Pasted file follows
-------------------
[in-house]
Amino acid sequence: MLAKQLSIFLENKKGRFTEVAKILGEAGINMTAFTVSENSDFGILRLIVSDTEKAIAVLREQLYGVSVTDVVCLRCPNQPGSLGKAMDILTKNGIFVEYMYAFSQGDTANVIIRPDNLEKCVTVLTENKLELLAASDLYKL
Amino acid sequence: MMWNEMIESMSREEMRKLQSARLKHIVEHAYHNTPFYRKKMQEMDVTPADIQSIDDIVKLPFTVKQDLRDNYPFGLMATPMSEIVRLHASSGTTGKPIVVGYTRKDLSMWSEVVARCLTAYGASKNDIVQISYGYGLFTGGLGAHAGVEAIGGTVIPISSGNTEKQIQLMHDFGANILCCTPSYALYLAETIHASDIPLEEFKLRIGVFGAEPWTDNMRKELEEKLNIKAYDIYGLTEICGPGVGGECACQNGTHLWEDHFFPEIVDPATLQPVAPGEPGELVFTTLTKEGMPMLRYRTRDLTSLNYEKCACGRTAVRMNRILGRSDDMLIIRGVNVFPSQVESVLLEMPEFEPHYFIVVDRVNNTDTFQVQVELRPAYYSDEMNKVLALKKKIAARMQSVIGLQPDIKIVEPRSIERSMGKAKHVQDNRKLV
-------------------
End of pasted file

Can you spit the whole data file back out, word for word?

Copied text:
[in-house]
Amino acid sequence: MLAKQLSIFLENKKGRFTEVAKILGEAGINMTAFTVSENSDFGILRLIVSDTEKAIAVLREQLYGVSVTDVVCLRCPNQPGSLGKAMDILTKNGIFVEYMYAFSQGDTANVIIRPDNLEKCVTVLTENKLELLAASDLYKL
Amino acid sequence: MMWNEMIESMSREEMRKLQSARLKHIVEHAYHNTPFYRKKMQEMDVTPADIQSIDDIVKLPFTVKQDLRDNYPFGLMATPMSEIVRLHASSGTTGKPIVVGYTRKDLSMWSEVVARCLTAYGASKNDIVQISYGYGLFTGGLGAHAGVEAIGGTVIPISSGNTEKQIQLMHDFGANILCCTPSYALYLAETIHASDIPLEEFKLRIGVFGAEPWTDNMRKELEEKLNIKAYDIYGLTEICGPGVGGECACQNGTHLWEDHFFPEIVDPATLQPVAPGEPGELVFTTLTKEGMPMLRYRTRDLTSLNYEKCACGRTAVRMNRILGRSDDMLIIRGVNVFPSQVESVLLEMPEFEPHYFIVVDRVNNTDTFQVQVELRPAYYSDEMNKVLALKKKIAARMQSVIGLQPDIKIVEPRSIERSMGKAKHVQDNRKLV